The religious overtones were, if anything, even more explicit here than in Ashes. Jack Shephard ultimately sacrifices his own life for the benefit of the others, having first demonstrated his healing hands in an operation which allows the wheelchair-bound John Locke to walk again, Lazarus-like. Jack’s father, Christian Shephard, assumes a God-like role at the denouement, his funeral the fulcrum around which the characters gather at the church as if brought together by, well, some kind of Christian shepherd.
And both series closed with scenes which echoed their origins and brought them full circle. Lost ends with a close-up of Jack’s eye closing as he dies in the middle of a bamboo field, having started six years previously with a close-up of his eye opening in the same place. Ashes concludes with a modern-day police officer wandering, confused and disoriented, into Gene Hunt’s office, just as Sam Tyler did in the first episode of Life On Mars.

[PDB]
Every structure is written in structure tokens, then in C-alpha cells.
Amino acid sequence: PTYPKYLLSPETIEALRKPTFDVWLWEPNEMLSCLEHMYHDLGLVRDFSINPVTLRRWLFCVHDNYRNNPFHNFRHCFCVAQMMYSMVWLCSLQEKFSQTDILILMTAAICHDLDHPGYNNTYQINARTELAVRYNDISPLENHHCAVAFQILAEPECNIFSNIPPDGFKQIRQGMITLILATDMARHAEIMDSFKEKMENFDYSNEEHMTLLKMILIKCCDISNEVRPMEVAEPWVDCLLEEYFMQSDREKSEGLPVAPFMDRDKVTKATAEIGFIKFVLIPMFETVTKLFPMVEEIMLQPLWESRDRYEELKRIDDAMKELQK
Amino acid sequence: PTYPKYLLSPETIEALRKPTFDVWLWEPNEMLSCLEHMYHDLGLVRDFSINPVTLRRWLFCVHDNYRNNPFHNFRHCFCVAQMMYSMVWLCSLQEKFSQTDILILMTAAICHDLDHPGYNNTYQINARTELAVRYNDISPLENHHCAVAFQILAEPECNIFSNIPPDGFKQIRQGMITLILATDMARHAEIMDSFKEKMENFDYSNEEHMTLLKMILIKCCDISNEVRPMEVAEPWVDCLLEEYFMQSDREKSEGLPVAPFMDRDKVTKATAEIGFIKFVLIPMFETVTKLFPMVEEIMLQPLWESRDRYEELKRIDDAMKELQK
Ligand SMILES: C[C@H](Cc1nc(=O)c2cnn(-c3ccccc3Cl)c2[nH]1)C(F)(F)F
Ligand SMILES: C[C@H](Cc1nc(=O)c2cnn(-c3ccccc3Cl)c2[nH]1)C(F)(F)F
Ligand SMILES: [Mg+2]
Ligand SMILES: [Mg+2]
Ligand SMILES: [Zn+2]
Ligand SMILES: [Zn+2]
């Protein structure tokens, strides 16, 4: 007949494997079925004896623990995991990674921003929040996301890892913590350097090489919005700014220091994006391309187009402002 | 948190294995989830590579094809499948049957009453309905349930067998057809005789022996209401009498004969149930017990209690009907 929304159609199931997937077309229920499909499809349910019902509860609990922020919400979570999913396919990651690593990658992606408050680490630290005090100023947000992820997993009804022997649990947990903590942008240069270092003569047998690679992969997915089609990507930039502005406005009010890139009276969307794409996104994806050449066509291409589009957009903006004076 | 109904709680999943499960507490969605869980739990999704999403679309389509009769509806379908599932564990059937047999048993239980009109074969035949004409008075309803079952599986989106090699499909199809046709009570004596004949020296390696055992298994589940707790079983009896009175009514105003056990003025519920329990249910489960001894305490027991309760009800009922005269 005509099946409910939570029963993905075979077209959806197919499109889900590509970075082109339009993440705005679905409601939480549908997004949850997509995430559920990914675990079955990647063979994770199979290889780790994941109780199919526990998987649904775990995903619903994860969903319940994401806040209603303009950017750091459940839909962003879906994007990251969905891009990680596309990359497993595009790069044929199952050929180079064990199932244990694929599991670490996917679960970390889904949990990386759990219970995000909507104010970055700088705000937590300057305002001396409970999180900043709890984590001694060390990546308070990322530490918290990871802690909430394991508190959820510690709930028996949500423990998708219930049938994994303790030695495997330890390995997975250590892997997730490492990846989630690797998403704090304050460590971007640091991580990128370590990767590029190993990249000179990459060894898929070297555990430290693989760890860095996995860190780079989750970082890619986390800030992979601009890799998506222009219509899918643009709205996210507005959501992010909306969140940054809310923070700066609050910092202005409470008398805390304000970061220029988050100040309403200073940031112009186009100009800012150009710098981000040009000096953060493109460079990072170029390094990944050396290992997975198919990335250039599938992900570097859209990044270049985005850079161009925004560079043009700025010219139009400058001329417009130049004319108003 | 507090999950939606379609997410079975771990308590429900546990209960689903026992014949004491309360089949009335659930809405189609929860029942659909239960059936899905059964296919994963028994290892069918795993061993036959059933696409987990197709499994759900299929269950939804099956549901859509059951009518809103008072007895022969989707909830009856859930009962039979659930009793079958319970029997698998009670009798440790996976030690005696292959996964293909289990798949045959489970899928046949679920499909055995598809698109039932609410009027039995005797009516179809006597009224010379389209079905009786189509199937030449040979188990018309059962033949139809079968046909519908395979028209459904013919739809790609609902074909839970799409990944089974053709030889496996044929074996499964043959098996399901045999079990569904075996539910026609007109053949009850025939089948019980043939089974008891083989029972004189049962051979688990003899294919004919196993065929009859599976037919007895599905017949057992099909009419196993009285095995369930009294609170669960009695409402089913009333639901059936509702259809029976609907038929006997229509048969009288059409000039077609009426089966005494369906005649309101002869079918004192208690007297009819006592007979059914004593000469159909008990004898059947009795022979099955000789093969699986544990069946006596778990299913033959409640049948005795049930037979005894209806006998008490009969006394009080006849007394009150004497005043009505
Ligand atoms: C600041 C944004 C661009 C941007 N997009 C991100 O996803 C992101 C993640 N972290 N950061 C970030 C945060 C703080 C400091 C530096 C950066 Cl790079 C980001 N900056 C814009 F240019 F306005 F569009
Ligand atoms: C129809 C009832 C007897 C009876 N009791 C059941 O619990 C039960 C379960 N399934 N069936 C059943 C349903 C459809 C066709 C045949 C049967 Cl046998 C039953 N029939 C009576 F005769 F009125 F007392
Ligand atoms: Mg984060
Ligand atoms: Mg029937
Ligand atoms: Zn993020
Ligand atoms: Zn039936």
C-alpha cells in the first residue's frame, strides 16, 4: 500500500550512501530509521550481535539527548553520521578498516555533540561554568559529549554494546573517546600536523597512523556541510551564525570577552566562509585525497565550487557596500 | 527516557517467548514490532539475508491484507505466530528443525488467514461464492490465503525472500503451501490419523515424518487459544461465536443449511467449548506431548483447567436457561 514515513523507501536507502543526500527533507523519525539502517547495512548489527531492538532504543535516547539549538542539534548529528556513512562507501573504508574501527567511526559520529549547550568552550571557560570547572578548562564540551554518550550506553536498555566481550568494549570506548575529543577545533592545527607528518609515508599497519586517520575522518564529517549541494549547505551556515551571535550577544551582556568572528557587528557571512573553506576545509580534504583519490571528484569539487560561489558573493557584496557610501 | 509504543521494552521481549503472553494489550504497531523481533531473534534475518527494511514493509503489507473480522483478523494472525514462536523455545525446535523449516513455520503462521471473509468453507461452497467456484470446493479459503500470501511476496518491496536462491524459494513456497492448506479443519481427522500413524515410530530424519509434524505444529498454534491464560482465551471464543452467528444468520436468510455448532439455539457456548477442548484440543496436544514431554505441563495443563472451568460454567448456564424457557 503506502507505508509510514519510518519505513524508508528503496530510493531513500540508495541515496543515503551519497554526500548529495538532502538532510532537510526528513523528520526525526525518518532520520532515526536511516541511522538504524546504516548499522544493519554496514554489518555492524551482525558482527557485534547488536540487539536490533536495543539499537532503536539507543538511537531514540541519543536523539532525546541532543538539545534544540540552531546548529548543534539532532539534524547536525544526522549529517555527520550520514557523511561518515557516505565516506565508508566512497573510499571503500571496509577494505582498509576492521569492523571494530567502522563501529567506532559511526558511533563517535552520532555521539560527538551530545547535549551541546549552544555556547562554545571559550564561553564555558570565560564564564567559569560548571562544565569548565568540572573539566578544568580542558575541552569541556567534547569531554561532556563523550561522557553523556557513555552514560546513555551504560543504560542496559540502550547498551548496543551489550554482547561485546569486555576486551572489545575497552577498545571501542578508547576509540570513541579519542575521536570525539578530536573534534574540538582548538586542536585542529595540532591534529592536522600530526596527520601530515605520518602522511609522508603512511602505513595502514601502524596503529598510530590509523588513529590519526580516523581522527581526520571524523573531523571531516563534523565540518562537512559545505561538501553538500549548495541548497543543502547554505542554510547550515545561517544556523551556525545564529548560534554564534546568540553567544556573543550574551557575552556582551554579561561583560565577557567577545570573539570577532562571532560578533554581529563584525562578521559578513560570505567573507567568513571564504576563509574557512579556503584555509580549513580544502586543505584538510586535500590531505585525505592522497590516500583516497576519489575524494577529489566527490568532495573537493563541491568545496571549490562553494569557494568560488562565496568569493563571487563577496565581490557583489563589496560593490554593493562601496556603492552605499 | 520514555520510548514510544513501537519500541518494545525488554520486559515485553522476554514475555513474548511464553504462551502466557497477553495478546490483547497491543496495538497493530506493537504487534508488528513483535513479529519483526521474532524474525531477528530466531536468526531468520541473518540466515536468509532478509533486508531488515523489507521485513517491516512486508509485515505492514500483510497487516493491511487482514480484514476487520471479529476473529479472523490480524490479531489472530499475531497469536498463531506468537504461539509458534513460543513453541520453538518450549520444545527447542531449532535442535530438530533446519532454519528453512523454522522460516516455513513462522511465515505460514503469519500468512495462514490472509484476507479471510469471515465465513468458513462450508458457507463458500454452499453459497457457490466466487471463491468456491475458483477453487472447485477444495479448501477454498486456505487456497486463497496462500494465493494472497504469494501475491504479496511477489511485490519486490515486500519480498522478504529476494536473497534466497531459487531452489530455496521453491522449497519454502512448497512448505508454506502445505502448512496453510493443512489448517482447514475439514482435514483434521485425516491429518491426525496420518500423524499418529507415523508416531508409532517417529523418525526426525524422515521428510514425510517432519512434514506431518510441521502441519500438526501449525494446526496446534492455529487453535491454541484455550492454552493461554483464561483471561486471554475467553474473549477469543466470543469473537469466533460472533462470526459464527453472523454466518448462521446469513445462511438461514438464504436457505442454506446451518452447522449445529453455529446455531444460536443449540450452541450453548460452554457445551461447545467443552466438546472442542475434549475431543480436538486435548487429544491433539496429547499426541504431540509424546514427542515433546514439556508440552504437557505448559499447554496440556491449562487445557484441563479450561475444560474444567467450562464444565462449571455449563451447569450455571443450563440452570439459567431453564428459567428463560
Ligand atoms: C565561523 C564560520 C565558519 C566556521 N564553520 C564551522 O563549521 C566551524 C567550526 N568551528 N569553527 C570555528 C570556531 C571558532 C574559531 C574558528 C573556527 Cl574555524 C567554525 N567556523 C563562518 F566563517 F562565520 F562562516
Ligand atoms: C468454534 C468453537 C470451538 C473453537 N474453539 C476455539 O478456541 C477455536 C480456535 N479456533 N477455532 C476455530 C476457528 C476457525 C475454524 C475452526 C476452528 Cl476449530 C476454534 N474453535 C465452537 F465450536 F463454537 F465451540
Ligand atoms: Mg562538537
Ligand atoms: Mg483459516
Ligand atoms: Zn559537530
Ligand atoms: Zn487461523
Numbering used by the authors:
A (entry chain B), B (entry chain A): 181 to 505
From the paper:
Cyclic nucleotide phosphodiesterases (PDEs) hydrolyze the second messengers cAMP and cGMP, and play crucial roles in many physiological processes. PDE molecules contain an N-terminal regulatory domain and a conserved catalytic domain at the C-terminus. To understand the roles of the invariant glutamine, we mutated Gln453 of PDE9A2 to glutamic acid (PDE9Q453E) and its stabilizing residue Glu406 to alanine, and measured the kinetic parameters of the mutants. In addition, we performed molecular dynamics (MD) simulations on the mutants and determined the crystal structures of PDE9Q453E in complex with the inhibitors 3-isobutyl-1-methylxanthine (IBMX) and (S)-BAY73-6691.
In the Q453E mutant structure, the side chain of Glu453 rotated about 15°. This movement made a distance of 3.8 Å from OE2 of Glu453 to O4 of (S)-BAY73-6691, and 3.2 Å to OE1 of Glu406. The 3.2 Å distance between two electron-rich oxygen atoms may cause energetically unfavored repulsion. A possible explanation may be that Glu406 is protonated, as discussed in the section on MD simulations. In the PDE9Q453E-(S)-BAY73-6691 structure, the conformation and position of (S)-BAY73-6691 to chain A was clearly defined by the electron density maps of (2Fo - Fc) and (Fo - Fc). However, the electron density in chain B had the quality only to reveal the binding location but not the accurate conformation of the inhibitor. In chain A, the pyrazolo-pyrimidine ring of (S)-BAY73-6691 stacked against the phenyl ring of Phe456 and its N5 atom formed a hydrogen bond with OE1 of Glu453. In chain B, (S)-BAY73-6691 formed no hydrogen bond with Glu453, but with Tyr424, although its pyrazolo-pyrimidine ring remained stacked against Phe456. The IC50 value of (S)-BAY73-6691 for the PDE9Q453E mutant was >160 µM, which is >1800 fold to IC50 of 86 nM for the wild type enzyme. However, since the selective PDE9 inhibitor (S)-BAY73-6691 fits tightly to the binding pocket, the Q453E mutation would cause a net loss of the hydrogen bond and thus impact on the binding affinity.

Having watched the finale this evening, I’ve just done a quick trawl for reaction online, which has been unsurprisingly polarised. Too predictable, too many loose ends left untied and “you strung me along for six years for this?” seems to be the general gist of the naysayers. But, for me, Lost’s ending was far superior to Ashes’. Okay, it wasn’t all neatly tied up with a bow on top, but the story as a whole moved forwards at pace (in a way which, the series’ critics are quick to point out, has not always been the case with Lost), the major mysteries were resolved, and the flashback glimpses as the characters suddenly remembered their past served as a nice retrospective on the series’ history without dwelling overly on it. It’s very much a personal view, but I found the Lost finale immensely satisfying, even if it did leave me scratching my head trying to put all the pieces together.